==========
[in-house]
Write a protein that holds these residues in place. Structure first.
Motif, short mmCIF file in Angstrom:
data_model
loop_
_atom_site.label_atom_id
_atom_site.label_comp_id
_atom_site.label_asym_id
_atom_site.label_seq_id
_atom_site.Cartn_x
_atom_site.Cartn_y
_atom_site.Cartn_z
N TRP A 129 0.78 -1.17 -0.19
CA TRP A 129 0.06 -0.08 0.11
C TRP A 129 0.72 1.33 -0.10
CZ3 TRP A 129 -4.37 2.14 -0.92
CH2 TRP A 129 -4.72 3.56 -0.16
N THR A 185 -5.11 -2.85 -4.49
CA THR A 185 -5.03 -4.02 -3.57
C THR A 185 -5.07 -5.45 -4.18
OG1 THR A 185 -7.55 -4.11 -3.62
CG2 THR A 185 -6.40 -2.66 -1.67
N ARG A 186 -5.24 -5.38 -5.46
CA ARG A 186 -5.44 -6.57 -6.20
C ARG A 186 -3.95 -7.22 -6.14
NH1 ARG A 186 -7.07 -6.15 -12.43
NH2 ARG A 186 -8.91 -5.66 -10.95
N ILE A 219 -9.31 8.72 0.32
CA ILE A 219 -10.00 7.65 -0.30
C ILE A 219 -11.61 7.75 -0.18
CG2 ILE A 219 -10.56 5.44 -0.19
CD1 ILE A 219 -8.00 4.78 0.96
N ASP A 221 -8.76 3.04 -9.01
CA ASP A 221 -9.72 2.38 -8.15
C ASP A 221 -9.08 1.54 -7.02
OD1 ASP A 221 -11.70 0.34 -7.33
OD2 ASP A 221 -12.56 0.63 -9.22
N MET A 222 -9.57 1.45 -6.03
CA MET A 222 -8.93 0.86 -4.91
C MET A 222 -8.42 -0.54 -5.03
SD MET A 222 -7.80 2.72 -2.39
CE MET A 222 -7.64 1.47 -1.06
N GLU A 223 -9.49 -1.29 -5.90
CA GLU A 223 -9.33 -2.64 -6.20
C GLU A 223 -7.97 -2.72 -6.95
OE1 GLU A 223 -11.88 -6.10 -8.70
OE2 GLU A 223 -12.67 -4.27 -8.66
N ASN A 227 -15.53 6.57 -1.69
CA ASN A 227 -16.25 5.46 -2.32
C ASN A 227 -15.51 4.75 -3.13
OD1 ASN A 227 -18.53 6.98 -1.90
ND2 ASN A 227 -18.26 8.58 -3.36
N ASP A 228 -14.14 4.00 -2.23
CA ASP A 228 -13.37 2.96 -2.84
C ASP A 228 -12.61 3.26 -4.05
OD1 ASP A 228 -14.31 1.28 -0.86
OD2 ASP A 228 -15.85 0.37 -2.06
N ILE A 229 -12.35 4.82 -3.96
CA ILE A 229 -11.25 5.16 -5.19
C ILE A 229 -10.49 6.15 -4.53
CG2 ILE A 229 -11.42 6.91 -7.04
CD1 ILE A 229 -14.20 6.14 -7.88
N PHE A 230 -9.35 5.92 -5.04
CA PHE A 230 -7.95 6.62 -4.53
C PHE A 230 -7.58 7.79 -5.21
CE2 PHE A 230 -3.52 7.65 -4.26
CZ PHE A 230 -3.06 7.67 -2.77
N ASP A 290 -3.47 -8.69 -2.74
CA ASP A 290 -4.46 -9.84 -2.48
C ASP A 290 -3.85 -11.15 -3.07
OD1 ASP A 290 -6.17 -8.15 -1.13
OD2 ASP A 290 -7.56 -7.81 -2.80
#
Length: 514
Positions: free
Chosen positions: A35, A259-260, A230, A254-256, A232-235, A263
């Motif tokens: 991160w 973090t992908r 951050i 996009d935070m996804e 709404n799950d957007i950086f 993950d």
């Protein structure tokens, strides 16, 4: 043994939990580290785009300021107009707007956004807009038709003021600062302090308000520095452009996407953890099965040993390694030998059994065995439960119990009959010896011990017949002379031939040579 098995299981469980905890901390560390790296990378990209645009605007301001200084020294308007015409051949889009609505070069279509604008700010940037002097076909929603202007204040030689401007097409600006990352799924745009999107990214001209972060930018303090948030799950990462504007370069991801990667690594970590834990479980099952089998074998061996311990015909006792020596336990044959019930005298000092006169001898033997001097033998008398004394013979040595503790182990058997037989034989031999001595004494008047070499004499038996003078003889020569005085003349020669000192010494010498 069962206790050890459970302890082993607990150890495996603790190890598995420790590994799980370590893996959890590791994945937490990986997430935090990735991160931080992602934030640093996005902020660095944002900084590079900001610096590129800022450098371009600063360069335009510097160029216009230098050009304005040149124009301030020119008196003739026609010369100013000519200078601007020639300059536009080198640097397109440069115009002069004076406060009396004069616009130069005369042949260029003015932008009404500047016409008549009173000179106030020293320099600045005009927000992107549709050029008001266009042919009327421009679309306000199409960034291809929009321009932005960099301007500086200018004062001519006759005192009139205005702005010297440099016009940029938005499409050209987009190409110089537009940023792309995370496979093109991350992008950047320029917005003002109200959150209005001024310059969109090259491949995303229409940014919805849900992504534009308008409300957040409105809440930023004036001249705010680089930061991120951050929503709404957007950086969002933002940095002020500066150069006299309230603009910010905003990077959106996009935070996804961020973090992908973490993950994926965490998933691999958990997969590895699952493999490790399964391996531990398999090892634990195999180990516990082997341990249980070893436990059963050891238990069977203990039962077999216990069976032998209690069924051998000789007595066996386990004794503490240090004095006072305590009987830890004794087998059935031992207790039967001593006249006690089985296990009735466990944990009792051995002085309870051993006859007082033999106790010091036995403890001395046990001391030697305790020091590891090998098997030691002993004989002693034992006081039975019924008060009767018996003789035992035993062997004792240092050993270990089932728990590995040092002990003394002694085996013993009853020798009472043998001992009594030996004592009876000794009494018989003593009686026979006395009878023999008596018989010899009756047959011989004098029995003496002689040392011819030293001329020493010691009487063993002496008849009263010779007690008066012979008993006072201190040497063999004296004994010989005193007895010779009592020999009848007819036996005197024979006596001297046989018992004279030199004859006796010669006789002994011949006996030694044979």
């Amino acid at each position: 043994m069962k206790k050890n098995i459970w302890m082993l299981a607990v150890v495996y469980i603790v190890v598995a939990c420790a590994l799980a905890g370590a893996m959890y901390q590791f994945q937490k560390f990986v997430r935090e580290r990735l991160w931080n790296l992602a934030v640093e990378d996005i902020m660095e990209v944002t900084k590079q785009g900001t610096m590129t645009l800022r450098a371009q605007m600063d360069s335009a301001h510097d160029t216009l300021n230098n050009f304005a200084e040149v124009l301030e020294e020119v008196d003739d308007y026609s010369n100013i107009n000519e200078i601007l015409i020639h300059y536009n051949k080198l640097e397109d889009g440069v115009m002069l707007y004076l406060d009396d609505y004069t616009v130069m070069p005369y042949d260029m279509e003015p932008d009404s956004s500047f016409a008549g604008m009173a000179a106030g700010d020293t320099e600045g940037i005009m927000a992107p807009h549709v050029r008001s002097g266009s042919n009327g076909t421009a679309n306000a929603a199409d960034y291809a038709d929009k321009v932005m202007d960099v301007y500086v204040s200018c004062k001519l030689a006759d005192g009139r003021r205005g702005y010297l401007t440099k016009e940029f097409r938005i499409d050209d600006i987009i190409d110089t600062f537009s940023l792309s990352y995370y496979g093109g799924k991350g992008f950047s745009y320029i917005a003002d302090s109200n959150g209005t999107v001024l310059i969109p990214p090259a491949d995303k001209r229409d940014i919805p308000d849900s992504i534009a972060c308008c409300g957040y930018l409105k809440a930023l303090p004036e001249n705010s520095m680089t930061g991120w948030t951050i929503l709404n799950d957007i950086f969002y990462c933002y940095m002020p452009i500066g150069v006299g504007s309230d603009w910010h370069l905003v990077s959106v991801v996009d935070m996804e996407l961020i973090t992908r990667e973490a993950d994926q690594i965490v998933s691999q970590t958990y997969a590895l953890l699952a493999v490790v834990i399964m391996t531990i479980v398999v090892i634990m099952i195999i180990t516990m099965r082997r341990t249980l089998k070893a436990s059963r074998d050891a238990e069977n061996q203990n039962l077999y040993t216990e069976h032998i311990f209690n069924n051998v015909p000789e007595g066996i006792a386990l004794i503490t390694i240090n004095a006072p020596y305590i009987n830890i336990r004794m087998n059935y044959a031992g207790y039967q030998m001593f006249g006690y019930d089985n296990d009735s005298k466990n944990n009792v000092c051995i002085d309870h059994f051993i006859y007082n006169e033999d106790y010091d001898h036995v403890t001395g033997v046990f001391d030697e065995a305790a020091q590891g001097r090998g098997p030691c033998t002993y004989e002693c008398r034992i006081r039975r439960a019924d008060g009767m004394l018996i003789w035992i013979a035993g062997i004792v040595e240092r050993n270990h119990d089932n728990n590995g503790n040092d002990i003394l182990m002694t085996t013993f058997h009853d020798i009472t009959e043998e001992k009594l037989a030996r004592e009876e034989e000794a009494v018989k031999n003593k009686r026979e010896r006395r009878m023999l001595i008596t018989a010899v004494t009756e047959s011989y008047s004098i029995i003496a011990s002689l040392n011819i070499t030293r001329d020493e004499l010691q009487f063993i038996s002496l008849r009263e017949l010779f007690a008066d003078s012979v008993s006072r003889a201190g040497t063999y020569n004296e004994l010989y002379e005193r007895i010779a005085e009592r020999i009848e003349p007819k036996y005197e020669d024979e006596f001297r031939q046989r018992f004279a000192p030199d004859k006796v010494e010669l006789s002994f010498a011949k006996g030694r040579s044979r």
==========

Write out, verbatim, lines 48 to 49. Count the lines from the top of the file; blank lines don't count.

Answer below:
N ASN A 227 -15.53 6.57 -1.69
CA ASN A 227 -16.25 5.46 -2.32